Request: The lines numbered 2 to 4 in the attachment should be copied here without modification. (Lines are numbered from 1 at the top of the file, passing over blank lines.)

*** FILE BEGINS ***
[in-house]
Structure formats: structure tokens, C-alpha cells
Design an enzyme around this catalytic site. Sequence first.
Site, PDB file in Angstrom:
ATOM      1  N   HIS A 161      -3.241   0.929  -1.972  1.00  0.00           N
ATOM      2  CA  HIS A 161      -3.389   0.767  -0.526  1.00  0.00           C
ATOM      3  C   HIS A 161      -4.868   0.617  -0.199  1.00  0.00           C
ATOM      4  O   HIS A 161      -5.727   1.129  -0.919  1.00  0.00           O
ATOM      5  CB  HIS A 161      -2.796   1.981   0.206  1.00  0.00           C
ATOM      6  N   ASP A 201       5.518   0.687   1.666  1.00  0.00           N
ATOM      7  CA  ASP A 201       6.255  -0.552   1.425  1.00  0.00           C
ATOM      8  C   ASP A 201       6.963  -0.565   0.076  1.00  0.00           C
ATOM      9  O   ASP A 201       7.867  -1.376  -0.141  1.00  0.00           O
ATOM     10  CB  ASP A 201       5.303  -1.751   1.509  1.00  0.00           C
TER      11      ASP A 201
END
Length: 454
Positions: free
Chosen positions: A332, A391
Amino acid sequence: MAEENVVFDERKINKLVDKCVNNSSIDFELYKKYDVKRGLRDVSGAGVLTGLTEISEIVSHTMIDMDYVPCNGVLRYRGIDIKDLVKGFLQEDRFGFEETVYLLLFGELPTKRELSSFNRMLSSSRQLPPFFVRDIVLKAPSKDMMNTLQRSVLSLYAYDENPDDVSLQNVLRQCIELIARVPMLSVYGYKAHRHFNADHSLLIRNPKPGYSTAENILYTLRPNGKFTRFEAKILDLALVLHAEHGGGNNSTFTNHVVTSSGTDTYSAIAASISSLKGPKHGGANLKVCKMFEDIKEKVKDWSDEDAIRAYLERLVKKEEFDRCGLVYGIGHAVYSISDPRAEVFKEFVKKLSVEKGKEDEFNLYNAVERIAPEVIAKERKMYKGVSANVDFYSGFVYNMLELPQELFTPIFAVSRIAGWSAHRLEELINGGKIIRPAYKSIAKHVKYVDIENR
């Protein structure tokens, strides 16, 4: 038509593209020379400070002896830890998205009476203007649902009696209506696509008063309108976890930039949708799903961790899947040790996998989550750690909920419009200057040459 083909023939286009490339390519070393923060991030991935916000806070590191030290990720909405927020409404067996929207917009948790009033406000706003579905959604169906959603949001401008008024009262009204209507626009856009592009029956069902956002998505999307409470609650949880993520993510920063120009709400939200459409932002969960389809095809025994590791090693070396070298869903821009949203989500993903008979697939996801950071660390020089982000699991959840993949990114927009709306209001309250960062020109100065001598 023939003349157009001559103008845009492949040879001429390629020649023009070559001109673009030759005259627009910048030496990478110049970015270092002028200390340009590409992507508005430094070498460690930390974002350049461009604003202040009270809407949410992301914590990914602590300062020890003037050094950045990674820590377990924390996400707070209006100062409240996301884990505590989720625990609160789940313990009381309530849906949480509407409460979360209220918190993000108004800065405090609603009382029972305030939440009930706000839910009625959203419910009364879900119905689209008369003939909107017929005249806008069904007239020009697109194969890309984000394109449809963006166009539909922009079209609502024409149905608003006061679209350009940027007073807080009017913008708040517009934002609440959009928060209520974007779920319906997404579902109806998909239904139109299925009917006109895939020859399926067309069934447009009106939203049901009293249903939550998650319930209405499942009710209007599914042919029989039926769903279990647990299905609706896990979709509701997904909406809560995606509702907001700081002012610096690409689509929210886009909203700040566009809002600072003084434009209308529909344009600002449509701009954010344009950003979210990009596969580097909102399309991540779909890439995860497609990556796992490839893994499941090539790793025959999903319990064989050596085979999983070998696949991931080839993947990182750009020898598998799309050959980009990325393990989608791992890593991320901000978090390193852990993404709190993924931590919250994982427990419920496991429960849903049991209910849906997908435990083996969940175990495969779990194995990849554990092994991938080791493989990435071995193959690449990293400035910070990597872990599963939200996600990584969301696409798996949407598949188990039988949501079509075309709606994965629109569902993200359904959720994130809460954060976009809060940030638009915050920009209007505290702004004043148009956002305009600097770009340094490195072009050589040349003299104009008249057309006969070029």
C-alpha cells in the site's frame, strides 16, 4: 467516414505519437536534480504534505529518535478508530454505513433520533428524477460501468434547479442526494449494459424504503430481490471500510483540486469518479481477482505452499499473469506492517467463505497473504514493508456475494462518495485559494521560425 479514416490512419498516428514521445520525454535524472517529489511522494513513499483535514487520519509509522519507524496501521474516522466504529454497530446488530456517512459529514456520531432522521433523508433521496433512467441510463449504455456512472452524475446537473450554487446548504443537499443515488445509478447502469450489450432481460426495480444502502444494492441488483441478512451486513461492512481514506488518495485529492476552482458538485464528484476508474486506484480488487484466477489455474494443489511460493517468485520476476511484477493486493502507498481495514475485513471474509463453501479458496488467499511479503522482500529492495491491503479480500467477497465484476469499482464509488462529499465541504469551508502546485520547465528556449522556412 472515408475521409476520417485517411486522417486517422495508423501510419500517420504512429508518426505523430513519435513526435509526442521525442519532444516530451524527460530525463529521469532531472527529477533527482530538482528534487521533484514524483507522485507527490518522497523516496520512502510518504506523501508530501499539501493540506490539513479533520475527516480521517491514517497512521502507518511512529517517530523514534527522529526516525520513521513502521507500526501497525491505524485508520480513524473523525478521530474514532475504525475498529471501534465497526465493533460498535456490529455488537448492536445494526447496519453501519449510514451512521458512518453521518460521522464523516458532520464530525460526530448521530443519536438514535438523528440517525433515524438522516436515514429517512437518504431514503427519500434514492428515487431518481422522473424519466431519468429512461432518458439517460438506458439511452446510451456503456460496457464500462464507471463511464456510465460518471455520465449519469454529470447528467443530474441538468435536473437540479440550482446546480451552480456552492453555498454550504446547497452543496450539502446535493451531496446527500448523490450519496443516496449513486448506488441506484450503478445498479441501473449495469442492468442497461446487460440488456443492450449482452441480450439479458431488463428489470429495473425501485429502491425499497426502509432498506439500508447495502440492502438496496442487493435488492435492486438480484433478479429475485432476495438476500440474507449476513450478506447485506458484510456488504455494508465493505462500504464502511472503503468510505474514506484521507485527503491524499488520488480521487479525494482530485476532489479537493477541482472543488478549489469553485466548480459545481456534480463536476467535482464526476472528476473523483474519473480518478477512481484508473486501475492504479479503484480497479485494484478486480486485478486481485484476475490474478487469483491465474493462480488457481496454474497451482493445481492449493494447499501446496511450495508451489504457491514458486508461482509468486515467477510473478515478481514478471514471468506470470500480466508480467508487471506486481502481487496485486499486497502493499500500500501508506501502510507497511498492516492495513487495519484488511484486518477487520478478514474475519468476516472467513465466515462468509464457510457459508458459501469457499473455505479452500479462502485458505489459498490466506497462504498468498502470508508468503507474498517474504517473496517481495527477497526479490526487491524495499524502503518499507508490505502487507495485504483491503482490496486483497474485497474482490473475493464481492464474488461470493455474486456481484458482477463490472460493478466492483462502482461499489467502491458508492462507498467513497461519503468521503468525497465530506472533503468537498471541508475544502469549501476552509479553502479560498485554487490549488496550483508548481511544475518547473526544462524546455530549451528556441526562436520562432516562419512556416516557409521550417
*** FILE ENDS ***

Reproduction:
Structure formats: structure tokens, C-alpha cells
Design an enzyme around this catalytic site. Sequence first.
Site, PDB file in Angstrom: